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Explanation of "vertical banding" on TV screen?

Discussion in 'Playback Devices' started by Chris T. Kennedy, Nov 9, 2007.

  1. Chris T. Kennedy

    Chris T. Kennedy Stunt Coordinator

    Jun 2, 1999
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    Could somebody explain to me what is wrong (technically) with a device when it outputs analog video with vertical "bars" such as those indicated by arrow #1 in this example:

    vertical bars

    These bars are static - they don't move when the image is on the screen. Doesn't look like typical interference (wavy lines, etc...). Coincidentally, the lines indicated by arrow #2 do move, but they can't be seen with a naked eye as easily as they could with the camera that took this picture.

    The vertical bars really show up a lot on blues, but can be seen in other colors as well. They are thin and are present across the entire image.

    Is the chroma signal not timed correctly? Too strong? Not enough? Help me out here.

  2. zeetal003

    zeetal003 Extra

    Nov 9, 2007
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    thank s ..................
  3. Allan Jayne

    Allan Jayne Cinematographer

    Nov 1, 1998
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    A problem called vertical banding has been observed on LCD displays, notably on LCD projectors. I don't know the cause but the problem is known since most projectors nowadays have a menu tweak that usually reduces the problem.

    The problem may be present on any or all of the three panels that provide the red, green, and blue subimages. Sometimes it is one bright line then three dim lines, sometimes it is five bright lines and then three dim lines, usually repeating in twosome, foursome, eightsome etc. groupings.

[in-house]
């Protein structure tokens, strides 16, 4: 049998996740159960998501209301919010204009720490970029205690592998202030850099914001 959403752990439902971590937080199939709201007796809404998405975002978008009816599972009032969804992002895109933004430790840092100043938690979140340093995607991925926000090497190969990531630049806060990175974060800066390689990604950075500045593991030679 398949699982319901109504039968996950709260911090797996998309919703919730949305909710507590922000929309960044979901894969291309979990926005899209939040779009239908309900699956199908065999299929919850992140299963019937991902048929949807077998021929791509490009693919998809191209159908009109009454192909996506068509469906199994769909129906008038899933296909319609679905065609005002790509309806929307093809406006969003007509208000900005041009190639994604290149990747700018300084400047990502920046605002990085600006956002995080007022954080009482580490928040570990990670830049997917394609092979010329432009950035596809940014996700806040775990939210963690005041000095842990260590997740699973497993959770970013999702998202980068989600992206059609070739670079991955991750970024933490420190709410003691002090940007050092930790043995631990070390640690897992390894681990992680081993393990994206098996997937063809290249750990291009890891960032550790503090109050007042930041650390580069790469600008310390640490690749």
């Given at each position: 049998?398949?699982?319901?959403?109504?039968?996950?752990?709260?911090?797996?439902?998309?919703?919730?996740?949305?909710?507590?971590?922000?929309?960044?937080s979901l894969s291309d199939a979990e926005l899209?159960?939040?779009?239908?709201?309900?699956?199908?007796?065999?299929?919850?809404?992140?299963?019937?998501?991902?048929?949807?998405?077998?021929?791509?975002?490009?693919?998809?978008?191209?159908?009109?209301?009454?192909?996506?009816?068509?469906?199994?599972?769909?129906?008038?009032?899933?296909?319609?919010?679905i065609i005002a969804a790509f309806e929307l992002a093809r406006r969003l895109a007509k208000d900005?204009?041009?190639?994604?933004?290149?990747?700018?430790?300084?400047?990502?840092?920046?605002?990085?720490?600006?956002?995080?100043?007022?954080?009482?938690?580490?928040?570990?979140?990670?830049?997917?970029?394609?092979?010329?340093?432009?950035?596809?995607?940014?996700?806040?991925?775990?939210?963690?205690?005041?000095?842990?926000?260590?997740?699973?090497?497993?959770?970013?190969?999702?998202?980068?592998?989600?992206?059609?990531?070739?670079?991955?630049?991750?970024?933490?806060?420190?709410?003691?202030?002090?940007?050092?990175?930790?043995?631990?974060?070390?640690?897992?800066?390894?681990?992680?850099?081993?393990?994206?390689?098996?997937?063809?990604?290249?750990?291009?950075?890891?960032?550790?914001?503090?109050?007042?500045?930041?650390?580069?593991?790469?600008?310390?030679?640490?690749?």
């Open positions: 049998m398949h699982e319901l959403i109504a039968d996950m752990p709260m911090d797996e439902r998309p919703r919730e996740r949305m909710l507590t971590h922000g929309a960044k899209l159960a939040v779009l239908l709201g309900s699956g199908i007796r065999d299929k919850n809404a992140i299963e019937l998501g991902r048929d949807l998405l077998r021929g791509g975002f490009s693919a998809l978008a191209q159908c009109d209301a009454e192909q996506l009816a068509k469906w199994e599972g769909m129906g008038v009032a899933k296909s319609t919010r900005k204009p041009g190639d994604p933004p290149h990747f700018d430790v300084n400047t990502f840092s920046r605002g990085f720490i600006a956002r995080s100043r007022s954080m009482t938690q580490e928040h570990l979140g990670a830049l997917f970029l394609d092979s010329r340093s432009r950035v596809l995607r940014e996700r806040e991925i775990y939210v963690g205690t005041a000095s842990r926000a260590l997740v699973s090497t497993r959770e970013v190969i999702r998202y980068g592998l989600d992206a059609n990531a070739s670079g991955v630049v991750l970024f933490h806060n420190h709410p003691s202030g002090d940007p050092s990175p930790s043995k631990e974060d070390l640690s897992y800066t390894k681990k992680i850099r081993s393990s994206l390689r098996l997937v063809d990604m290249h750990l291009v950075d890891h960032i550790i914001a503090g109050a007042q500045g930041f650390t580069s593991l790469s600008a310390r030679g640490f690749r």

It's there no matter what the source is.

    If you say you notice vertical banding only on some sources, I currently don't have an explanation.
  4. ChrisWiggles

    ChrisWiggles Producer

    Aug 19, 2002
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    Vertical banding is usually used to describe specifically the vertical banding issues on LCD displays. It's caused by a difficulty in controlling the vertically controlled arrays of LCD pixels and keeping them all at the same voltages, etc. IT will vary from display to display, and is usually most visible on green, which causes itself to be seen on smooth images especially skies and the like.

    Note that these will be vertical kinds of faint stripes in the image across the screen. OTher banding/contouring problems can appear on any display and in other directions because of bit-depth problems. Many LCDs have other contouring/banding problems besides VB.

    Here is a picture of an AE700 vertical banding:

    Notice the fixed vertical kind of texture, a sort of unevenness in brightness in vertical strips.

    Here an ae900:

    The image you provided in the original post does not show vertical banding problems, that shows god knows what, but not LCD VB.

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